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Texas Continues Making Critical News

By Jim Lane

Tyler Steelworkers Strike

The Steelworkers' national negotiators have arrived at a proposal with Goodyear. Ratification votes are imminent at the eleven U.S. locals and 4 Canadian locals on strike. Even though the basic fight to save retiree benefits may have been won, as the USW press release says, it's a bittersweet victory for our Tyler brothers and sisters. The article sent to the People's Weekly World reads, in part:

"Union officers and picketers were uneasy. They assumed that they would be voting on the offer within the week, but none of them was sure whether or not the local union leadership would recommend the contract nor how any of the members would vote. The Tyler tire plant, owned now by Goodyear but still called "Kelly Springfield," received only a one-year reprieve from management's determination to shut it down. There are over 900 hard-working tire-builders in Tyler, and only a handful of scabs...."

Labor's Victory in San Antonio

Both Roberto Botello and Paul Hill wrote extensively on the electoral battle in the San Antonio area. After the Supreme Court ruled that Tom Delay's redistricting had indeed deprived Latinos of their voting rights, a new district was put together, and longtime Republican Token Henry Bonilla would have to run again to save his seat in Congress. Ciro Rodriguez, who lost his seat to DeLay's shenanigans, joined 4 other Democrats in running. The initial outcome looked positive for Bonilla. He took 49% of the vote and had money stacked up behind him for the runoff. Rodriguez took less than 30% and had lost his last two elections.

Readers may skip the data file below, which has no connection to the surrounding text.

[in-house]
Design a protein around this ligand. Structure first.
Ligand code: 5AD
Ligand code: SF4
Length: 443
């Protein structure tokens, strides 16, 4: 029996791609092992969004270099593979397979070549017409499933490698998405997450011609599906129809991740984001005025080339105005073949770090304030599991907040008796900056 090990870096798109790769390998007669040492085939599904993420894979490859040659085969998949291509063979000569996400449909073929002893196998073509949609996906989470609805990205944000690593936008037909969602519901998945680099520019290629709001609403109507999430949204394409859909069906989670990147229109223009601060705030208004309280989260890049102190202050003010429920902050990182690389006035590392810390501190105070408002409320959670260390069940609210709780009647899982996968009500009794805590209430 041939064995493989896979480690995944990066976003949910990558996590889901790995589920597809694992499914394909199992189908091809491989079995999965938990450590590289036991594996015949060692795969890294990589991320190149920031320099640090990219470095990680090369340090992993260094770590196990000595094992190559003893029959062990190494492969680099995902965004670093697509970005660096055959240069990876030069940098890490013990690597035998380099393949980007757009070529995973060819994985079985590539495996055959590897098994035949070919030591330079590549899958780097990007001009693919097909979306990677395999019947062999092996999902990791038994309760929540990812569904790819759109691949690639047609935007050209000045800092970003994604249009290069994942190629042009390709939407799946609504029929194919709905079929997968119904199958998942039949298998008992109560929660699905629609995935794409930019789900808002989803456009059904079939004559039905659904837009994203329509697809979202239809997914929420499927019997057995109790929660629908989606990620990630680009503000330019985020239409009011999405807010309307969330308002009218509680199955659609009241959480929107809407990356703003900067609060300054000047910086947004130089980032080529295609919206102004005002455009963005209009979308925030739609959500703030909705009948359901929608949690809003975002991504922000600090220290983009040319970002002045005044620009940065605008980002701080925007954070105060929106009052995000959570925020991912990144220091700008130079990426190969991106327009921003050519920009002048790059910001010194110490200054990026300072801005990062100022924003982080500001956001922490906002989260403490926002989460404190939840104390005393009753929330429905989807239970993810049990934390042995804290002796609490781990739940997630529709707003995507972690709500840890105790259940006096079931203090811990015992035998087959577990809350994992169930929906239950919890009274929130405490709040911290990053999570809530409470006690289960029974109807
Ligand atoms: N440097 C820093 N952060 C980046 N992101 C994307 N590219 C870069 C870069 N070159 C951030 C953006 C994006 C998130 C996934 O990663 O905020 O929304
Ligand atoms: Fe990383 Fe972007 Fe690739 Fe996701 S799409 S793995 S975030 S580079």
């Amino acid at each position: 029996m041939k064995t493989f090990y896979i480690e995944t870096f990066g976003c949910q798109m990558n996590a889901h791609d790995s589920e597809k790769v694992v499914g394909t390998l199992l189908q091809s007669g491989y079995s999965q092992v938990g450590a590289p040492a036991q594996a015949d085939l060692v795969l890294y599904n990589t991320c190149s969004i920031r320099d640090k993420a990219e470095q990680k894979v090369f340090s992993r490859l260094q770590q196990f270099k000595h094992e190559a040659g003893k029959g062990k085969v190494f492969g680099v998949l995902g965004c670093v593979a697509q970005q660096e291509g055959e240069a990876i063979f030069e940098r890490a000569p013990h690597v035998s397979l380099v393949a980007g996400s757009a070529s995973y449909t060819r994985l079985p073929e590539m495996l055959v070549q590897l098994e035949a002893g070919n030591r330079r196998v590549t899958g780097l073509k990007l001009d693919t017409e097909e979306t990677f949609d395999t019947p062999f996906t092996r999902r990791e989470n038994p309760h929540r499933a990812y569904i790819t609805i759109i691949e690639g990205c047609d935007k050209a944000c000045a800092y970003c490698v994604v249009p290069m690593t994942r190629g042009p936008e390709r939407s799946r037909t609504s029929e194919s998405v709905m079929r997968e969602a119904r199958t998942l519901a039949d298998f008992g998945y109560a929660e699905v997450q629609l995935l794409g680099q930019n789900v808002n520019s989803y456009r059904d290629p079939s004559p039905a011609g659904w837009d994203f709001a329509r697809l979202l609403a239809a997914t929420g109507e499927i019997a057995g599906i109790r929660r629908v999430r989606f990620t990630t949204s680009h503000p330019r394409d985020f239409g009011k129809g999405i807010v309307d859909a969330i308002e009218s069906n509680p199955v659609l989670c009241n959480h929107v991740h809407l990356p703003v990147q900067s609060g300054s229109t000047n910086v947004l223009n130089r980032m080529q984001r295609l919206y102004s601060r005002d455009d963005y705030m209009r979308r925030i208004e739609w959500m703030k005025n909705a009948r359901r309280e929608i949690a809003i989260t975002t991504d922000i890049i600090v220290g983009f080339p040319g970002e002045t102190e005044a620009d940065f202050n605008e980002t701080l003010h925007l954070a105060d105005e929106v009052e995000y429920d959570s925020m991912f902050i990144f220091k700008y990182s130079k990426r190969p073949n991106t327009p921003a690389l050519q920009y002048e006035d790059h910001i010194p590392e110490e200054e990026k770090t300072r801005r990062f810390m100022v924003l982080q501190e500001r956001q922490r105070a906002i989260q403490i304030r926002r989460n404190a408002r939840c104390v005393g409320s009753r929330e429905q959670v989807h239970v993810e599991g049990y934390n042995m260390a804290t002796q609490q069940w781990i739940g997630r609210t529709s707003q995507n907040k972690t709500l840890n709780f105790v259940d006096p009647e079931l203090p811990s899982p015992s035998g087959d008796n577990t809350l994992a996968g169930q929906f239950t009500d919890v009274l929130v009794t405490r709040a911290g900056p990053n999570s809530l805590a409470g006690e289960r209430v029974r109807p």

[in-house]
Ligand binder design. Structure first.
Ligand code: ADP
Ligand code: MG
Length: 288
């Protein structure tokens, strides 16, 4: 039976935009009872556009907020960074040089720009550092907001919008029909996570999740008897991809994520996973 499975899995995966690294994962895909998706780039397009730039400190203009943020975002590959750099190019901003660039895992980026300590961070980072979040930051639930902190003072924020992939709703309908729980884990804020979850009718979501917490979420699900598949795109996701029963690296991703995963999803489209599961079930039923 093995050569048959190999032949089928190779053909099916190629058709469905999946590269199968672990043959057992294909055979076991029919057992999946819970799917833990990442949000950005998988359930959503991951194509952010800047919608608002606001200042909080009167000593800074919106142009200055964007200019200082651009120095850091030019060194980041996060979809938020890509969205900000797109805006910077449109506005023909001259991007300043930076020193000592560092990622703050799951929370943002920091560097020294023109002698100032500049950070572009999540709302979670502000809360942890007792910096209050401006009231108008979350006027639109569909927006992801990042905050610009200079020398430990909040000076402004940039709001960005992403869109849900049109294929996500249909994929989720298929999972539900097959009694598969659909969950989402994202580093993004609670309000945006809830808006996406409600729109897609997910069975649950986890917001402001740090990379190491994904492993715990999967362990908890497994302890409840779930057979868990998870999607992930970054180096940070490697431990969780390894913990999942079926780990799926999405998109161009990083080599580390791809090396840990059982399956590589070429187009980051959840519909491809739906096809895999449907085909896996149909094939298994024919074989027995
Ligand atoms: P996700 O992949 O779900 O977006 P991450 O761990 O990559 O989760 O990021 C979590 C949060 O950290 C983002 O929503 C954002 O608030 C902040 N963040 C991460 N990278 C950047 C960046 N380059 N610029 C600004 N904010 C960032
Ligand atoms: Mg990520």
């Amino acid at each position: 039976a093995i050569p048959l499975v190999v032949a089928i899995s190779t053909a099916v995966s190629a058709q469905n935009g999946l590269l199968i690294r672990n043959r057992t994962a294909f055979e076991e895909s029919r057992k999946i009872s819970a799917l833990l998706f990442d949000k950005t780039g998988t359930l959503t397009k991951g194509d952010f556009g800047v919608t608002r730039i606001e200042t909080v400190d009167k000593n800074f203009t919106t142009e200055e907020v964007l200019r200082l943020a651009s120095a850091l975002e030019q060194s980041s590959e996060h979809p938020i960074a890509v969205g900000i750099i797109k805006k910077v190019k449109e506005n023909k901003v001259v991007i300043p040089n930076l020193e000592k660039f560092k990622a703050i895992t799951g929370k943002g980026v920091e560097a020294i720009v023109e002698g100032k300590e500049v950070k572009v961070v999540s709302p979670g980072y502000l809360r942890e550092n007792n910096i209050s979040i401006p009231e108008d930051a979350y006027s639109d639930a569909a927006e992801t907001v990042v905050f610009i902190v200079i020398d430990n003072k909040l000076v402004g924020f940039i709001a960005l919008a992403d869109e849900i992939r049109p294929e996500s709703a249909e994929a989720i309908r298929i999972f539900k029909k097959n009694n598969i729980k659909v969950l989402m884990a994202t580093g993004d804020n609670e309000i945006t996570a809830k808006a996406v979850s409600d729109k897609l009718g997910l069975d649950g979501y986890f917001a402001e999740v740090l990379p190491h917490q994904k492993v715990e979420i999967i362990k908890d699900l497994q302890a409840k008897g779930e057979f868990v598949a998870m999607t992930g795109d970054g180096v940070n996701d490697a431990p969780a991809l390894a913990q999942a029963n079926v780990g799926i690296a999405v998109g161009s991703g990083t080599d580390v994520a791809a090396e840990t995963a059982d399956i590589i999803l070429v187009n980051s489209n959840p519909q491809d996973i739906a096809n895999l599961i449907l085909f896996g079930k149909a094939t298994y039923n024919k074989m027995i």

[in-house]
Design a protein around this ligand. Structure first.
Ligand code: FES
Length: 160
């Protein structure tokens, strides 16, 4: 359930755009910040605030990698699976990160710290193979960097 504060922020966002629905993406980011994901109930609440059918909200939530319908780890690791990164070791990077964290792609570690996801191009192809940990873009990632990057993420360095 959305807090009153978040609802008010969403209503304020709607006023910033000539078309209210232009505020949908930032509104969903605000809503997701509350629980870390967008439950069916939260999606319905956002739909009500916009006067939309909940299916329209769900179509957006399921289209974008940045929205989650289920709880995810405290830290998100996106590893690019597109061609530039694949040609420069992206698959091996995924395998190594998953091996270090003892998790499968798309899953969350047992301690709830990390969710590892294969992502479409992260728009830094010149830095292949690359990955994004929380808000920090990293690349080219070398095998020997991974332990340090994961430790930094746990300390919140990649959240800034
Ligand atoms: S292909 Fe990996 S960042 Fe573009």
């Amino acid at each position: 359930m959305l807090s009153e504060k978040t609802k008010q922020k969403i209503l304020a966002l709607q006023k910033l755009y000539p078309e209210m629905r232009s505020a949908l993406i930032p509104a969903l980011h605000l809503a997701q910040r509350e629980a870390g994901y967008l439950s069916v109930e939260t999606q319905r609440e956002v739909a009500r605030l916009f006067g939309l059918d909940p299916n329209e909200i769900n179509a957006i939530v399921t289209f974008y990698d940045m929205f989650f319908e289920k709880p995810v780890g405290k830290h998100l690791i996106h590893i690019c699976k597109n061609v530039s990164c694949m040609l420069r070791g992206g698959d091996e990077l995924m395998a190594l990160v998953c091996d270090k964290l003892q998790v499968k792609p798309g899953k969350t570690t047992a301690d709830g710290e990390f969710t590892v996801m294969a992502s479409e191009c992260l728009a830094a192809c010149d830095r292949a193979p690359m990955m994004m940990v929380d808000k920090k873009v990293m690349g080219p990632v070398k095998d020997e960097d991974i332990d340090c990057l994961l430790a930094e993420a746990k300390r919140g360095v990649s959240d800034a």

Robert Botello wrote about one of the decisive rallies: "Supporters who took to the podium to express their support included Congressman Charlie Gonzalez, State Representative Leticia Van de Putte, former San Antonio mayor Henry Cisneros and Boyd Ritchie, state chair of the Democratic Party, among others. Their overall message was that the November elections and their progressive wins called for continued election of progressive lawmakers, such as Rodriguez, who can work in the new country's new political landscape. With little variation, speakers pointed out the damage wreaked in the last six years in the areas of education, insurance, healthcare, and the increased economic marginalization of working families and of U.S. military combatants."

The Texas AFL-CIO and the labor movement in the area sprung to Rodriguez' side in the runoff. They proudly announced that the effort to turn out union voters was a model effort. Despite all the odds, Latino voters gave Ciro Rodriguez a thumping 54-46% victory!

I.C.E. Strikes

Paul Hill wrote extensively about the Immigrations and Customs raids against undocumented workers in meatpacking. The United Food and Commercial Workers, to their great credit, stood by all their members while politicians attempted to gain credibiity by victimizing and dividing working people. Cactus, Texas, was the scene for one of the big raids. Legal complications continue, and nothing is resolved.

Meanwhile the Voices for Immigrants group in Dallas continued with its "Dia de los Inmigrates" celebration on December 17.

Texas correspondents are needed...


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